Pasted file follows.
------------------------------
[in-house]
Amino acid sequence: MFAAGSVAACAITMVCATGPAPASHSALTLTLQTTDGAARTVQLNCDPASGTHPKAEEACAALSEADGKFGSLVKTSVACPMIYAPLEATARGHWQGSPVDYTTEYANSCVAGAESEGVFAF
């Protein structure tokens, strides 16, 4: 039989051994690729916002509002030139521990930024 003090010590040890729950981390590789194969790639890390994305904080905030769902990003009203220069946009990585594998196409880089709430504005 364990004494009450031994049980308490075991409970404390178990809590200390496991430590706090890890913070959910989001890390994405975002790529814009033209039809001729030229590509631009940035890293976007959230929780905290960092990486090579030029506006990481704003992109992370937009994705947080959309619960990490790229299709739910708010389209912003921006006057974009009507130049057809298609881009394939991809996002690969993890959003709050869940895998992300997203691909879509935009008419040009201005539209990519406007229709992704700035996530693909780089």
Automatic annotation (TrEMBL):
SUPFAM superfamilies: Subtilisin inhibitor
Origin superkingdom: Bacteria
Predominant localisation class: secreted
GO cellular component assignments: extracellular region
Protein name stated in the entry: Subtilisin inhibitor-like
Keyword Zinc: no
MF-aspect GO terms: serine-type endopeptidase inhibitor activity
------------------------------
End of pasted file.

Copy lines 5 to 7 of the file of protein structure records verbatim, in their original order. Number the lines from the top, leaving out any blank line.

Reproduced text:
SUPFAM superfamilies: Subtilisin inhibitor
Origin superkingdom: Bacteria
Predominant localisation class: secreted